August 4, 2006
I Can Feel It Slumming in the Air Tonight
Although it’s quite understandably one of the most definitive, iconic examples of ’80s pop kitsch, MIAMI VICE is an ideal television series to adapt into a feature film. Strip away the dated pastel fashions and Don Johnson’s perpetual beard stubble, and one’s left with executive producer Michael Mann’s pioneering visual- and music-driven style, a slick template for crime drama that has been aped on the tube and big screen alike for the last twenty years. That Mann has emerged as one of the more individualistic mainstream motion picture directors in those two decades made his return visit to the work and lives of police detectives Sonny Crockett and Ricardo Tubbs the rare pre-anointed summer blockbuster with the promise of something more substantial. But it’s the resulting work is an unsatisfying film on either level.
The main gist of the plot here is simple and to the point, not unlike that of an episode of the old show: Crockett (Colin Farrell) and Tubbs (Jamie Foxx) go undercover to infiltrate a drug smuggling operation; along the way Crockett falls for the right-hand woman (Gong Li)–in a number of respects–to the big boss (Luis Tosar). On paper it’s pretty straightforward, but Mann seems intent on making it as talky, action-light, murky, and uninvolving as possible, with reams of monotonously delivered dialogue about shipping transactions. Not helping matters are the sometimes inscrutable accents, most prominently Gong’s. While hers remains one of the most eloquent faces in all of cinema (and one pivotal wordless scene makes one wonder what would could have been had she not declined the Amy Brenneman role in Mann’s Heat ten years ago) unlike in Memoirs of a Geisha, there are no broad, hyperbolic strokes to this character compensate for her difficulty with the language.
That wouldn’t be so much of an issue if she struck any sparks with Farrell, but one of the major deficiencies in the film is chemistry–not just between Farrell and Gong, but Foxx and his love interest Naomie Harris (as a fellow detective), and, most damaging of all, Foxx and Farrell. I can understand Mann wanting to eschew typical film and TV “buddy” cop relations with this Crockett and Tubbs, but the two here don’t even have a convincing base working partnership. The Foxx-Farrell pairing can best be summed up by the first real Crockett-Tubbs scene in the film: on the rooftop of a club, on the phone… having separate conversations. The two share the frame and the on-set air but nothing else. Mann is still one of the best in the business when it comes to gunplay, and the two key action sequences–a tense sequence in a trailer park and a climactic shoot-’em-up–deliver all the loud, jolting fire and raw bloodshed one expects. But with all the characters being paper-thin ciphers thrown into the shots (in every sense), there’s no sense of stakes nor investment. The same perhaps can be said of Mann when it comes to the whole of this Miami Vice–interested in technical details than creating any soul in the piece.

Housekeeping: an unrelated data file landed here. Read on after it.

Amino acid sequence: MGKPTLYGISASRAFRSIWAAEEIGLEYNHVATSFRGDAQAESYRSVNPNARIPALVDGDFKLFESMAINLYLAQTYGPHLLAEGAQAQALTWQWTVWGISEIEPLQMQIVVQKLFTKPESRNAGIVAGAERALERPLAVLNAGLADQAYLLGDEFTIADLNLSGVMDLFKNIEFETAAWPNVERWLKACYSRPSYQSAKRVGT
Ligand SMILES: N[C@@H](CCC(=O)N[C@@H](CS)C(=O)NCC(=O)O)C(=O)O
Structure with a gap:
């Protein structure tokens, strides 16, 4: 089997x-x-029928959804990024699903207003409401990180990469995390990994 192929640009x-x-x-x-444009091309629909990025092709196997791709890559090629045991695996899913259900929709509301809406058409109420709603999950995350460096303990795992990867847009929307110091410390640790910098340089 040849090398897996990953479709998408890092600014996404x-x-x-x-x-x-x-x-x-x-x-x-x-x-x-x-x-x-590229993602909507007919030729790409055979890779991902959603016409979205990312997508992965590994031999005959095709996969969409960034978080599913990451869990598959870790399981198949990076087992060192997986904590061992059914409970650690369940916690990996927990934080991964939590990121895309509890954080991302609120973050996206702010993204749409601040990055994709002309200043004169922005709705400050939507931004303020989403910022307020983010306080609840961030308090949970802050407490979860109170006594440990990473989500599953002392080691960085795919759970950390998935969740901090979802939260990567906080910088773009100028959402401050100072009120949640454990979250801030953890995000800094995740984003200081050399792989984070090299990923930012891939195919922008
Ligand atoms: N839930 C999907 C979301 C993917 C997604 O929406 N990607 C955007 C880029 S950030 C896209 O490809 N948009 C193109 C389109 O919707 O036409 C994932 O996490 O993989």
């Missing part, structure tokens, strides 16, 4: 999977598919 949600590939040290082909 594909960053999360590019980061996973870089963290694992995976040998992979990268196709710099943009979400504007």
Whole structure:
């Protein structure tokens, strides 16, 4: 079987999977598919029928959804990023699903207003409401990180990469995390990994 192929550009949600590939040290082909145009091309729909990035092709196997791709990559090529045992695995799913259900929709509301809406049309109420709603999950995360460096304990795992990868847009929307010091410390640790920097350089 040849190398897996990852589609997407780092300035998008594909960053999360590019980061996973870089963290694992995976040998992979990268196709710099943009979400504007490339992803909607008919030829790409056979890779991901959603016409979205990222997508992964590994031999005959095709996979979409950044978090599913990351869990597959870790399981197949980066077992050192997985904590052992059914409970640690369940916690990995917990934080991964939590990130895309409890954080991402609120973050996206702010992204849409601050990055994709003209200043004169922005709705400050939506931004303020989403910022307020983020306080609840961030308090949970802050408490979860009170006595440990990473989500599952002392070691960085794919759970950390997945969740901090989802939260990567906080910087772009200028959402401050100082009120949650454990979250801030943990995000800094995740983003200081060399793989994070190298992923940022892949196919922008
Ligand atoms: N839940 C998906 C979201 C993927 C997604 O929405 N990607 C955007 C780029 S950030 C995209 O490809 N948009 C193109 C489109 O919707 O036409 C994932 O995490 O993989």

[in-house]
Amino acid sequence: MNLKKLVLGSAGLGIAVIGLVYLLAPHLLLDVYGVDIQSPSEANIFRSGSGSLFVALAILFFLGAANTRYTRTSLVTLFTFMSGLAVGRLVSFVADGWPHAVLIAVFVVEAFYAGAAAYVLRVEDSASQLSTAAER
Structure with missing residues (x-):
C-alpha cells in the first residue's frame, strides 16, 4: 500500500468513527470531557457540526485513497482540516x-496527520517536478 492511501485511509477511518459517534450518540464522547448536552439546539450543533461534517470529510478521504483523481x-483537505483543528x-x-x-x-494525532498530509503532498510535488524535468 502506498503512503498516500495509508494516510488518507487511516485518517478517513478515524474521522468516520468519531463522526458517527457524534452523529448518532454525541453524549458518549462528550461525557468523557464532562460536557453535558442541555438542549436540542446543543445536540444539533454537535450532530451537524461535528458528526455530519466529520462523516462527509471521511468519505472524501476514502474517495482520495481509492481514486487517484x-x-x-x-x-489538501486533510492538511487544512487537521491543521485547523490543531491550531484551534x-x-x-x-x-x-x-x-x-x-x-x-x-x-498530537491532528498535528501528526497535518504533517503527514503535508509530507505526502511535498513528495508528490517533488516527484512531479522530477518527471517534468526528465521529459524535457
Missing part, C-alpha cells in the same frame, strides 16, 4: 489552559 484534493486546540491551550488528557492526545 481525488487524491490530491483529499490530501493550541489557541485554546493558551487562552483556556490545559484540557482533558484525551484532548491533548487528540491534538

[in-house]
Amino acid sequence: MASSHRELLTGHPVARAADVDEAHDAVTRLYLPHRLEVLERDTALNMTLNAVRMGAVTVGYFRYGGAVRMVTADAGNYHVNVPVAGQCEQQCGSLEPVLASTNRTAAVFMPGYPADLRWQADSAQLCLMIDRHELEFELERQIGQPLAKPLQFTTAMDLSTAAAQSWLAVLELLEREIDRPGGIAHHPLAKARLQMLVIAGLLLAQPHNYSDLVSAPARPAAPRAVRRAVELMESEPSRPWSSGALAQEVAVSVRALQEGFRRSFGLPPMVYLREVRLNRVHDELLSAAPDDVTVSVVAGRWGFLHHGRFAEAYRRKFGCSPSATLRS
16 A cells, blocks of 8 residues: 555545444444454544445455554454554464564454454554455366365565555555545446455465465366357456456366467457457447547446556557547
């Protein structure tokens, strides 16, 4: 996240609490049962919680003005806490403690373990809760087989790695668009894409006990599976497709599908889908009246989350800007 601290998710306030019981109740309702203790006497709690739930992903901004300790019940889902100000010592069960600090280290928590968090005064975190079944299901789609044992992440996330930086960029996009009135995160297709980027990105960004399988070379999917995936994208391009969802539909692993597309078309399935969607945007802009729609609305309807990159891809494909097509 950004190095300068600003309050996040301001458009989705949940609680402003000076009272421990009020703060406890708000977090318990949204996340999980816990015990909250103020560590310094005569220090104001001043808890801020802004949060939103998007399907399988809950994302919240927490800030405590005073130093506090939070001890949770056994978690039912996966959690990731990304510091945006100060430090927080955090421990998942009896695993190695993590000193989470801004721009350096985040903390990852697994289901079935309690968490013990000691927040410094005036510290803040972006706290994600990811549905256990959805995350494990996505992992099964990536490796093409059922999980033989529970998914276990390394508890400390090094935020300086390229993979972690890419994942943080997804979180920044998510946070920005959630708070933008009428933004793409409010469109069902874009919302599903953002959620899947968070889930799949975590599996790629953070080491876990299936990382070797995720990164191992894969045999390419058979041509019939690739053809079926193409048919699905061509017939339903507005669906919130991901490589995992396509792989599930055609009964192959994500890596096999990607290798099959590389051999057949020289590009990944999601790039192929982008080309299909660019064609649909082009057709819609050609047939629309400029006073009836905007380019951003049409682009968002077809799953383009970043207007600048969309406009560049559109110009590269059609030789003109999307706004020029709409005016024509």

CG Animated Movie of the Week
Even if it weren’t the second of three CG animated films to be released in as many weeks, THE ANT BULLY would still feel blandly rote. Warner Bros., producer Tom Hanks, and director John A. Davis (who a few years ago helmed a genuinely unique CG feature in Jimmy Neutron: Boy Genius) have gone where many have gone before: all-star “DreamWorks casting,” as I call it (no less than three popular Oscar winners–Julia Roberts, Nicolas Cage, and Meryl Streep–are the A-Listers at the top of the cast list); an ant colony setting (A Bug’s Life and Antz); and–in the ultimate show of laziness or most unfortunate coincidence–as in this past May’s Over the Hedge, villainous exterminator voiced by an actor from Sideways (here, Paul Giamatti; there, Thomas Haden Church). But even with such an air of familiarity, something could have been done to make this adaptation of John Nickle’s book feel more distinctive, and there is an interesting premise to work with: the “ant bully” of the title is actually a much-picked-on kid (voiced by Zach Tyler), who unleashes his anger and frustrations on the ant hill in his front yard; through a magic potion, he is reduced to ant size. The usual lessons about tolerance follow, and they could’ve easily been told with another member of the non-ant insect population and hence all the other expository baggage; and while the animation, particularly in the action set pieces, is indeed well done, it’s nothing revolutionary nor imaginative that stands out from the rest in this CG-feature-a-week marketplace.